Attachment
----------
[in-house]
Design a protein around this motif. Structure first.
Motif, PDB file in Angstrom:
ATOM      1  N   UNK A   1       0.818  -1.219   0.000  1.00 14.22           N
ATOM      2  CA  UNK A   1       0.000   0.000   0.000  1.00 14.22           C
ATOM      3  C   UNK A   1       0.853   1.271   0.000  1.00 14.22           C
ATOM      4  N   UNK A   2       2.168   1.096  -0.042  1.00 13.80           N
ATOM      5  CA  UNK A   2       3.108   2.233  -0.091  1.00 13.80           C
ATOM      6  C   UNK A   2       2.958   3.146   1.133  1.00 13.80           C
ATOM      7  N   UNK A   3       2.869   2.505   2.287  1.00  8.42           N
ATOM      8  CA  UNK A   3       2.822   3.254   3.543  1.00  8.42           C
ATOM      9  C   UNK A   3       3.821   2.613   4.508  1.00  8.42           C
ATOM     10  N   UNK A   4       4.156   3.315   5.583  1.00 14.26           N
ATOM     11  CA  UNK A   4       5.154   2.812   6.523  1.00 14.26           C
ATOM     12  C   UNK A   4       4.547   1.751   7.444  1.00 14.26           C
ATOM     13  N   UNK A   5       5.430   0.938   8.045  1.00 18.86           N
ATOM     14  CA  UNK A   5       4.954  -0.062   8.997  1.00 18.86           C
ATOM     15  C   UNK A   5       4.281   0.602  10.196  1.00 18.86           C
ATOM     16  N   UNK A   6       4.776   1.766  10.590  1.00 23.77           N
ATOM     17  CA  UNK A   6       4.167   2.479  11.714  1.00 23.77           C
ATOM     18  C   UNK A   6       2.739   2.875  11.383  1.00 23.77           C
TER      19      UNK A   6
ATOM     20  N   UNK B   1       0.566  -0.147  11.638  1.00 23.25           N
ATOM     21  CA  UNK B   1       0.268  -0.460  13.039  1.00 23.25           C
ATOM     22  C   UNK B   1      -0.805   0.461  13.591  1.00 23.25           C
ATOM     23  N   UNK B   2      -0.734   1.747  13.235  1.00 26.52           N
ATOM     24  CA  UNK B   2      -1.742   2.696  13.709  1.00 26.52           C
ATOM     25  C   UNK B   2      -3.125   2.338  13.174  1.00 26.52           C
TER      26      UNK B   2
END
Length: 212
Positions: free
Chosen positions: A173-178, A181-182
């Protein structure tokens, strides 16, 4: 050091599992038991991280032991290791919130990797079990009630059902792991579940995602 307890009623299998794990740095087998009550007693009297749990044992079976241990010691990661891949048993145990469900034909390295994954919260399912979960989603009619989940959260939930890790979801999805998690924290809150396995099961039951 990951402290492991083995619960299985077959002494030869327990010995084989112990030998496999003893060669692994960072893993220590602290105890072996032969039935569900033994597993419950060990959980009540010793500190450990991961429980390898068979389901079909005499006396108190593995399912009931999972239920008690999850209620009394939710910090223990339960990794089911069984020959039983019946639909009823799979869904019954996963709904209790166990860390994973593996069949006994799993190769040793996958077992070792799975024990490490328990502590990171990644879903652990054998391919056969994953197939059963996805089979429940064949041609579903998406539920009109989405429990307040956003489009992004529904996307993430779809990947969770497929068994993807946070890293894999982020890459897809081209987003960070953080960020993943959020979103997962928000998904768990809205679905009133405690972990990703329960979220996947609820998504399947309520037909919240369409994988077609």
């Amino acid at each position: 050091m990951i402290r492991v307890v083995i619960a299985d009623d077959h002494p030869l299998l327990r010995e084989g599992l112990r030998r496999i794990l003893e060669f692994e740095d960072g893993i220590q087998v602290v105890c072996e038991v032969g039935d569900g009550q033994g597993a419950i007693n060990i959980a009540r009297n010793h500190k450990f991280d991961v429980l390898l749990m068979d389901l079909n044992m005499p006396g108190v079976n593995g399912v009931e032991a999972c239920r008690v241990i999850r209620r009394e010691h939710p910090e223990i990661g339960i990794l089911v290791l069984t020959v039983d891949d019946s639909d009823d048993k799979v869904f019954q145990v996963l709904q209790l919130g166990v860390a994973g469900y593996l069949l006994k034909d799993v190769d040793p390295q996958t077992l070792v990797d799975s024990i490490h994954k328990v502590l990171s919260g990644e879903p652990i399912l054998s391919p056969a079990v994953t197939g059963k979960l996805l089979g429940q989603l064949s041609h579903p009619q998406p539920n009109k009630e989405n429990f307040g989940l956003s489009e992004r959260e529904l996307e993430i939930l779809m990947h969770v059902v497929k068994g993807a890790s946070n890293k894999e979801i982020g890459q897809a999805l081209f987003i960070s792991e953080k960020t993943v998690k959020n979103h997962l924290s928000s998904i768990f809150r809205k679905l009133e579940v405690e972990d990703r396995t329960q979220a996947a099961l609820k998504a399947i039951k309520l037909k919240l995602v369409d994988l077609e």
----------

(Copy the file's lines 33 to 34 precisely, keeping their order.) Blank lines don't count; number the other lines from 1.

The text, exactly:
Chosen positions: A173-178, A181-182
């Protein structure tokens, strides 16, 4: 050091599992038991991280032991290791919130990797079990009630059902792991579940995602 307890009623299998794990740095087998009550007693009297749990044992079976241990010691990661891949048993145990469900034909390295994954919260399912979960989603009619989940959260939930890790979801999805998690924290809150396995099961039951 990951402290492991083995619960299985077959002494030869327990010995084989112990030998496999003893060669692994960072893993220590602290105890072996032969039935569900033994597993419950060990959980009540010793500190450990991961429980390898068979389901079909005499006396108190593995399912009931999972239920008690999850209620009394939710910090223990339960990794089911069984020959039983019946639909009823799979869904019954996963709904209790166990860390994973593996069949006994799993190769040793996958077992070792799975024990490490328990502590990171990644879903652990054998391919056969994953197939059963996805089979429940064949041609579903998406539920009109989405429990307040956003489009992004529904996307993430779809990947969770497929068994993807946070890293894999982020890459897809081209987003960070953080960020993943959020979103997962928000998904768990809205679905009133405690972990990703329960979220996947609820998504399947309520037909919240369409994988077609």